1. I cannot remember the source, but I recall reading an article that attributed the key difference to negotiation in base/starting salary, which often serves as a base for things like raises, promotions, and other future opportunities. The idea was that men negotiate more much aggresively at the initial point of accepting an offer.

      2. Another factor is an “availability” premium. In IT, computer science, engineering and customer support, you are expected to be “on call” and able to respond immediately customer/client issues. This is also true in areas of law and high level finance, but the pay is better in those fields.

        I suspect that this “availability” premium is what keeps single moms out of better jobs- and married women out of jobs that require intermittent availability, unless they have family or a nanny to call on when both spouses are affected.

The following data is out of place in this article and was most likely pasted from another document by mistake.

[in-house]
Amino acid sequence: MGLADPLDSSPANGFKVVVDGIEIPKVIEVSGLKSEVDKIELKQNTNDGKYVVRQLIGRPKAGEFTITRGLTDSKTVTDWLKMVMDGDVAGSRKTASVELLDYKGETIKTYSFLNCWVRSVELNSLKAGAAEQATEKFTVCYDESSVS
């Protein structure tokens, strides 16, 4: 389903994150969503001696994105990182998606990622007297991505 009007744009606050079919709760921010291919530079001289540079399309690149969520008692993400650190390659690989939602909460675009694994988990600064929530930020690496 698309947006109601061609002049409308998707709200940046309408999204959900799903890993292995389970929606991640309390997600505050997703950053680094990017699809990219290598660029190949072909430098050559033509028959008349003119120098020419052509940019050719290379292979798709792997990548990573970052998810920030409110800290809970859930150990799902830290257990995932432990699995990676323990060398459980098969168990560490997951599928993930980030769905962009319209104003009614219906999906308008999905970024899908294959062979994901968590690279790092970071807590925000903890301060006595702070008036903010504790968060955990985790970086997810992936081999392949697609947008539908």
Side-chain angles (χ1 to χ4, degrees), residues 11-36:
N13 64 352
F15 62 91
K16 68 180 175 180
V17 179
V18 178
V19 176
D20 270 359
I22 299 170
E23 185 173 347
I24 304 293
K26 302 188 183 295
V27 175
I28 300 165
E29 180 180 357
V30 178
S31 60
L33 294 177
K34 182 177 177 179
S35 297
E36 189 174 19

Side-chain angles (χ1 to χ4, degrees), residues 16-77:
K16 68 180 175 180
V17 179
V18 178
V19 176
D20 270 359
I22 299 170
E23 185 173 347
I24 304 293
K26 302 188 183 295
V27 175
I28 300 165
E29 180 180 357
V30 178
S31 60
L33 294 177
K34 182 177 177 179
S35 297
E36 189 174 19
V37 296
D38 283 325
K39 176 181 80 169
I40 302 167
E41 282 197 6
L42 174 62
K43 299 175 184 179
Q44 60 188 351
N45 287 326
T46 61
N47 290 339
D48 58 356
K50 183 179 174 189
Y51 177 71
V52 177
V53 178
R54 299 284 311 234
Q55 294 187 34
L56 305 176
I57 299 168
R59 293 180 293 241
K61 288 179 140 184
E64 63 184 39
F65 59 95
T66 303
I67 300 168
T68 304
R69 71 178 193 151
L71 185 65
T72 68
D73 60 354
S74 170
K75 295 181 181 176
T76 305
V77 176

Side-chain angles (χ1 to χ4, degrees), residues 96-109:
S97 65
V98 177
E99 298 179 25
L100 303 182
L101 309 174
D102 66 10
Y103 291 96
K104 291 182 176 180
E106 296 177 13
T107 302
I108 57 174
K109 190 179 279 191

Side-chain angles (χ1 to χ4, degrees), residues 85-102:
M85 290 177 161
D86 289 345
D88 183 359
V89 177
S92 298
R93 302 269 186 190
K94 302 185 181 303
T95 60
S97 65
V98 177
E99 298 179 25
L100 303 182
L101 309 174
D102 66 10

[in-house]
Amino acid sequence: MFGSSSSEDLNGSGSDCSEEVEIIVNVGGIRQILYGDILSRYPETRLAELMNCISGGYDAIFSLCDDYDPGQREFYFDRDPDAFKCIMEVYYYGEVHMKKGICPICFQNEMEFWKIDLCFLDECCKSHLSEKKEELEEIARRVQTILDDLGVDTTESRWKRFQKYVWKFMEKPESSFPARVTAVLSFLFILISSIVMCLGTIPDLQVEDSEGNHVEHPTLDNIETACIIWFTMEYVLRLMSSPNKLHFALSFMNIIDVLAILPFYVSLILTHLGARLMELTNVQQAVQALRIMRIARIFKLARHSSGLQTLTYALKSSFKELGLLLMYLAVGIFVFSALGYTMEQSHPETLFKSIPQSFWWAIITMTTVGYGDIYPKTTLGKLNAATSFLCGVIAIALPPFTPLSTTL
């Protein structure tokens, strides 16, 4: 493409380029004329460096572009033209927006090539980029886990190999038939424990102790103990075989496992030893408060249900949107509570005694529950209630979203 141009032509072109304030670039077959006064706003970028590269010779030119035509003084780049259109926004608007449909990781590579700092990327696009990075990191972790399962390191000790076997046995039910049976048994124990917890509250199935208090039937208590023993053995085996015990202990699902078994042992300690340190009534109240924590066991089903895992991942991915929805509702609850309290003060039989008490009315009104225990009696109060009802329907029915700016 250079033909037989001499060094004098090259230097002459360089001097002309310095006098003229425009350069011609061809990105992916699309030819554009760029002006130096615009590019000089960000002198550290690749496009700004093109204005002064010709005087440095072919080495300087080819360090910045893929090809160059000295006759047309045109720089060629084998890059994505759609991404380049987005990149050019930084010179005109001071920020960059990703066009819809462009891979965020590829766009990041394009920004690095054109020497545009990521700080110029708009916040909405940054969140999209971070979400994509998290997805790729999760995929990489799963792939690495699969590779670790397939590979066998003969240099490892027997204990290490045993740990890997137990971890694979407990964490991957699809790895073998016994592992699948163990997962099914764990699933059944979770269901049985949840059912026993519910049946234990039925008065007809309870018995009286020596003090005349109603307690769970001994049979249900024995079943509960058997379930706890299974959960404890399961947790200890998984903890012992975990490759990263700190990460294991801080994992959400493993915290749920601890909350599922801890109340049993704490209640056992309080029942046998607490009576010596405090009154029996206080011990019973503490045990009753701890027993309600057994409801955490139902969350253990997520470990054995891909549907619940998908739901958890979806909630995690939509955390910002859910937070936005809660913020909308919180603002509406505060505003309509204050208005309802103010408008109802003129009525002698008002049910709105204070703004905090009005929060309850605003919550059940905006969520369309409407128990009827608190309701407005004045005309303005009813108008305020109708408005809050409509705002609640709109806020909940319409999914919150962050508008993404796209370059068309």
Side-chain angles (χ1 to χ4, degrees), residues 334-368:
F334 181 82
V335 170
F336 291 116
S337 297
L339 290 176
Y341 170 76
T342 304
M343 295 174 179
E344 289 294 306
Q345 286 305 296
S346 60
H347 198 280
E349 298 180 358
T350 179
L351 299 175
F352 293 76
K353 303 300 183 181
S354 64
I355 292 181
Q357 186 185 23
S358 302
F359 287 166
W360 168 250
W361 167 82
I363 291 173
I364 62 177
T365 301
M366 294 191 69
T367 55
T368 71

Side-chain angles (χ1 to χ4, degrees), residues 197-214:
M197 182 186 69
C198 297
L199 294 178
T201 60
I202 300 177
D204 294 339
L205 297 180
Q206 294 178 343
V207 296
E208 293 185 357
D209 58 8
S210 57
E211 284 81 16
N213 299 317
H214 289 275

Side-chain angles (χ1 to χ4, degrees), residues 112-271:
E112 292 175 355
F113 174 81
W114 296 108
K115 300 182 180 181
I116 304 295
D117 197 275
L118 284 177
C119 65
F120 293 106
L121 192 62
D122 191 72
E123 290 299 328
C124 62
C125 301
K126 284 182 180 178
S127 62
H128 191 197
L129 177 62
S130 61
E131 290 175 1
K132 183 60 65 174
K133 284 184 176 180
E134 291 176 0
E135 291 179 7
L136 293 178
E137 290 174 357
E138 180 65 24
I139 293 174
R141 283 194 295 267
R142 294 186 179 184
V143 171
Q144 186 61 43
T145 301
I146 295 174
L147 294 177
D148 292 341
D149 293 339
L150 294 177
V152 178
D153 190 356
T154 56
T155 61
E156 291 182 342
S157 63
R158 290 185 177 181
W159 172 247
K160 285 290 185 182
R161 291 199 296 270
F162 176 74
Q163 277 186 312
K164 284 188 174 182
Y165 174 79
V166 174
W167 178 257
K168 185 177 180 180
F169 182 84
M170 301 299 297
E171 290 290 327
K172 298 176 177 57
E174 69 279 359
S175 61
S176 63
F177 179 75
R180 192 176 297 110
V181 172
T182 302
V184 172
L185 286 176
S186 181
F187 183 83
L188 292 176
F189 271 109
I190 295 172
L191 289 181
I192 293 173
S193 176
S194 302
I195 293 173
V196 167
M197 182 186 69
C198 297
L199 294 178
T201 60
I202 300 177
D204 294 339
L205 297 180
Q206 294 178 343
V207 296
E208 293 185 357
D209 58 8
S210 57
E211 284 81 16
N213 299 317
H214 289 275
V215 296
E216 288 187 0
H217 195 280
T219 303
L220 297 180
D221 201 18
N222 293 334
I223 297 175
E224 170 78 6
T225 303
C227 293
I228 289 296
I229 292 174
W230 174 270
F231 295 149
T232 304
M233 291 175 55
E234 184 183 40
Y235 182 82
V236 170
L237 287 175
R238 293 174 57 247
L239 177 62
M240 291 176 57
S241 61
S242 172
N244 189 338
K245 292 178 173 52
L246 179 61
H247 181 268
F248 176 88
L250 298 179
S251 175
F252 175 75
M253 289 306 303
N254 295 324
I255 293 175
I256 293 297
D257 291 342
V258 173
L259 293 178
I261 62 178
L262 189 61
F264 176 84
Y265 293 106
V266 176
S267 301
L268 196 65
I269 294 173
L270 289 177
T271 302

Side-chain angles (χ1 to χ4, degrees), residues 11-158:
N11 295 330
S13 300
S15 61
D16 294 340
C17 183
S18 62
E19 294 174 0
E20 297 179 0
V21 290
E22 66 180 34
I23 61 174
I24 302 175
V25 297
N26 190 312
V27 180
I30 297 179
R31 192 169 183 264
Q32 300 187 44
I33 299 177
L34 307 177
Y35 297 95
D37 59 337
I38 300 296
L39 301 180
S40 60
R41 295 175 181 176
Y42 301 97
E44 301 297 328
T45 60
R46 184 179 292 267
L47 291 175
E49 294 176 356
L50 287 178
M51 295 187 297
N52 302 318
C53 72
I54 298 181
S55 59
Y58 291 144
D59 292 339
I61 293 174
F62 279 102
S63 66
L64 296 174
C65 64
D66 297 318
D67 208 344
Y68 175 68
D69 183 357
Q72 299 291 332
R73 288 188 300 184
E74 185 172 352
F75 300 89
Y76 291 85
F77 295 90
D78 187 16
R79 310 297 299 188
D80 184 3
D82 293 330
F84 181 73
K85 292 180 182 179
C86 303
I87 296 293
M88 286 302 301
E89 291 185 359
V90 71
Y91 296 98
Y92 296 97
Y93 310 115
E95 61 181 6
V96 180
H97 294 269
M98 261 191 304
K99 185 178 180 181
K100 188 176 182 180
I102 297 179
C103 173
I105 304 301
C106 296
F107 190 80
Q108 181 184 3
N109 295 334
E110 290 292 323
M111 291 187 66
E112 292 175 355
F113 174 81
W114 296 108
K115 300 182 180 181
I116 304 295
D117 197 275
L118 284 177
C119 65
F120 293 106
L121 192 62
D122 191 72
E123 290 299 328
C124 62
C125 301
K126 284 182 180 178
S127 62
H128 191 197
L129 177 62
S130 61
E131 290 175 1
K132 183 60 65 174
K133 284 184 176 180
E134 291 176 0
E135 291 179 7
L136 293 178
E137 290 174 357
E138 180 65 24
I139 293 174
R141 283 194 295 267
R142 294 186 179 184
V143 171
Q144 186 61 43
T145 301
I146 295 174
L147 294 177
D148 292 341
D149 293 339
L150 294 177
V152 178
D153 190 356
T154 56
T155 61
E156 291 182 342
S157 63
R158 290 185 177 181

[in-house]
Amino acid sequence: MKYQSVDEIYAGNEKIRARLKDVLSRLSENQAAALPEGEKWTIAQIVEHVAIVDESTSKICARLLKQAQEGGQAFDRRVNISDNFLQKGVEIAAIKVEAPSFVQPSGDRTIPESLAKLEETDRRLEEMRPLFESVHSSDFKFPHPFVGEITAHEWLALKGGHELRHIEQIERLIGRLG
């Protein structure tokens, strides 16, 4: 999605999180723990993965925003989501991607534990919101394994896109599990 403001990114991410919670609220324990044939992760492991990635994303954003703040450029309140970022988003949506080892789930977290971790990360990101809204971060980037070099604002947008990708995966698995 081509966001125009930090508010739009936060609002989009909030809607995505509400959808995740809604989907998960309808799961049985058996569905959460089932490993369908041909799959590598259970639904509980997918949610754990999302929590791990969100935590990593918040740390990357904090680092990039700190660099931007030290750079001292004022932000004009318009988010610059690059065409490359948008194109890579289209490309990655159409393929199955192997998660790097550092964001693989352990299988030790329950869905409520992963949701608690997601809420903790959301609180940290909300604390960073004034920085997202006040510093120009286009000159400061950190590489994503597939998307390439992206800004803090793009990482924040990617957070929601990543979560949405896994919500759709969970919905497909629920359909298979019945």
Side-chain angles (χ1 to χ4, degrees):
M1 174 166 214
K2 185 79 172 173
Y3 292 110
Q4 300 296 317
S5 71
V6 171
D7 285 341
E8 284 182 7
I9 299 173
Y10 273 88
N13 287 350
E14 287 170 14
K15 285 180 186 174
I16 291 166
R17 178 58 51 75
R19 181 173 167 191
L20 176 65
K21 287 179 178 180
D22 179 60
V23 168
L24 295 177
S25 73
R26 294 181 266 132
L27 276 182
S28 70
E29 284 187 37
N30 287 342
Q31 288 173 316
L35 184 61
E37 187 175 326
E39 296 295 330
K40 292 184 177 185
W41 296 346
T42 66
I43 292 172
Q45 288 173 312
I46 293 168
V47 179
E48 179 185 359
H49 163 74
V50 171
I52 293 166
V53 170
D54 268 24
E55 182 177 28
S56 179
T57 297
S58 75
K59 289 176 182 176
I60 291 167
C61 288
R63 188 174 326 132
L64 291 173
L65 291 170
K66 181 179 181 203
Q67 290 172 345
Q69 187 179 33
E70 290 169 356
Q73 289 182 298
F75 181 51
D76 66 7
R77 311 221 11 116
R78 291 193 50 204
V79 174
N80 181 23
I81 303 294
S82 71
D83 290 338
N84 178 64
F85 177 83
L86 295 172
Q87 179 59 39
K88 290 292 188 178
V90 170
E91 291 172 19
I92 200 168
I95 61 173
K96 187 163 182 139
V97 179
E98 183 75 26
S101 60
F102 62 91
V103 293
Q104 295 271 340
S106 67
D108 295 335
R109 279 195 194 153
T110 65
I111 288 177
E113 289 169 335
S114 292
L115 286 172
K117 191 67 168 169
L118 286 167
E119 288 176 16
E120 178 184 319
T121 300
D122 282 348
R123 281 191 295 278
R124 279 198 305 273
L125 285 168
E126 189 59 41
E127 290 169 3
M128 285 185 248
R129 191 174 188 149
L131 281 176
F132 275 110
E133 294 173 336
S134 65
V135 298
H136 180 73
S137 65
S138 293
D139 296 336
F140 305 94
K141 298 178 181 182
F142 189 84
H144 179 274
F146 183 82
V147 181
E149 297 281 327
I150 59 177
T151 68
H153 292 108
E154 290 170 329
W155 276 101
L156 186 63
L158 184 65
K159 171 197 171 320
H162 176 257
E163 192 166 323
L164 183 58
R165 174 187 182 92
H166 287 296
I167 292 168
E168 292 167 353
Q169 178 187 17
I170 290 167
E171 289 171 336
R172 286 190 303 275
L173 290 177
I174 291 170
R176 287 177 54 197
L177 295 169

9. I am a landlord (who uses a management company), and I still believe a 401(K) should be most people’s first savings/investing vehicle. The entry point for the 401(K) is immediate and much lower than for (additional?) home ownership. You can invest a small portion of your paycheck today (or within your company’s alloted window). By contrast, as a landlord, you will need time to save the downpayment, closing costs, and maintenance fees before you can even begin investing. (And where will you hold your money in the interim?) For the sake of argument, we can assume that you can buy a property that is likely to grow in value, which is not the case in every town.

    As for saving for when I am 70, I am fortunate that I do not feel as though I am particularly denying myself now. I hope to live well beyond 70, but if I don’t, well, I like the idea that my children can use the money in adulthood to smooth over the issues they may face.